To the Editor:—
Alter et al1 have written that the interpretation by Nesmith and Davis2 about survival of cephalothin-treated erythrocytes in patients with antipenicillin antibodies is open to question, since the latter provide no data on the survival of cephalothin-treated erythrocytes in normal individuals without antipenicillin antibodies.In vitro treatment of autologous blood with cephalothin sodium does not affect the red cell survival in normal subjects; in fact in two healthy males we have observed that the autologous blood, incubated in vitro at 37 C in a water bath for three hours with cephalothin (final concentration 20 mg/ml) and then labelled with51Cr, had a normal in vivo survival.Therefore, we think that Nesmith and Davis2 are right when they assume that the reduced survival of cephalothin-treated red cells, injected in patients with antipenicillin antibodies, is the effect of the hemolytic action of these antibodies.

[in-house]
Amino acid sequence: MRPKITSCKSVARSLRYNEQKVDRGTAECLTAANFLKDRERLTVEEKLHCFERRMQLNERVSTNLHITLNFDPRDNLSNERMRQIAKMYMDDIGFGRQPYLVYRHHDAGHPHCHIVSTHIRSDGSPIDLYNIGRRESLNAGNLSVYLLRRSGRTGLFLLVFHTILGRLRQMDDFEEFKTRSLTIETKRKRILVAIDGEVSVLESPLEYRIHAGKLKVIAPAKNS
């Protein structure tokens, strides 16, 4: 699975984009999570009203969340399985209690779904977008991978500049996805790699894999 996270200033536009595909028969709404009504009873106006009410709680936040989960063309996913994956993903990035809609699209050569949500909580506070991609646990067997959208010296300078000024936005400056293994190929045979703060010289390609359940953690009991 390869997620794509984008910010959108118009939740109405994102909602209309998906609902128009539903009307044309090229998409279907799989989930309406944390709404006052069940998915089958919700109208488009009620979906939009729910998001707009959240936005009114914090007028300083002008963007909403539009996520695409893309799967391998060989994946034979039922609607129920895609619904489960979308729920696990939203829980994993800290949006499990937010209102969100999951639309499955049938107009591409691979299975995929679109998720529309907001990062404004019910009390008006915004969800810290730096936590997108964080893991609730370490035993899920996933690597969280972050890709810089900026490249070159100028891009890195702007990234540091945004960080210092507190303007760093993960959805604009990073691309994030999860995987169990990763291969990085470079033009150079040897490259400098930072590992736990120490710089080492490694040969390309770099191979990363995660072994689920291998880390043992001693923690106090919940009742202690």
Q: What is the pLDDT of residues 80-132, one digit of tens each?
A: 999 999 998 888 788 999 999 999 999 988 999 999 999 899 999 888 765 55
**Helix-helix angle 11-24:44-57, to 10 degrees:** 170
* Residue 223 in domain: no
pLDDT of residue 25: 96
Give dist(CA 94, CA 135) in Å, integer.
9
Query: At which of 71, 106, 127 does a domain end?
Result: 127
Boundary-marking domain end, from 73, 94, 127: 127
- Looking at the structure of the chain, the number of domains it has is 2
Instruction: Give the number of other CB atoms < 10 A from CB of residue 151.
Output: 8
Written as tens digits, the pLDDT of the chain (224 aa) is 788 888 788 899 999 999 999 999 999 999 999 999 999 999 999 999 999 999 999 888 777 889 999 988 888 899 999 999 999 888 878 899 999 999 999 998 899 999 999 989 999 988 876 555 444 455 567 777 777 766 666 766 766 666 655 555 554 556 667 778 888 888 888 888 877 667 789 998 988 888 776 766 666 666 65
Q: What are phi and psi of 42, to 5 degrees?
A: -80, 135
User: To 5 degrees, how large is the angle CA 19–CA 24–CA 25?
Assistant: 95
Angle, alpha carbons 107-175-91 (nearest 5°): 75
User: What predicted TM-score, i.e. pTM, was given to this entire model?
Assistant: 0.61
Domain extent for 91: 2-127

Ferrone S, Sirchia G. Survival of Cephalothin-Treated Erythrocytes. JAMA. 1968;206(2):378. doi:10.1001/jama.1968.03150020094034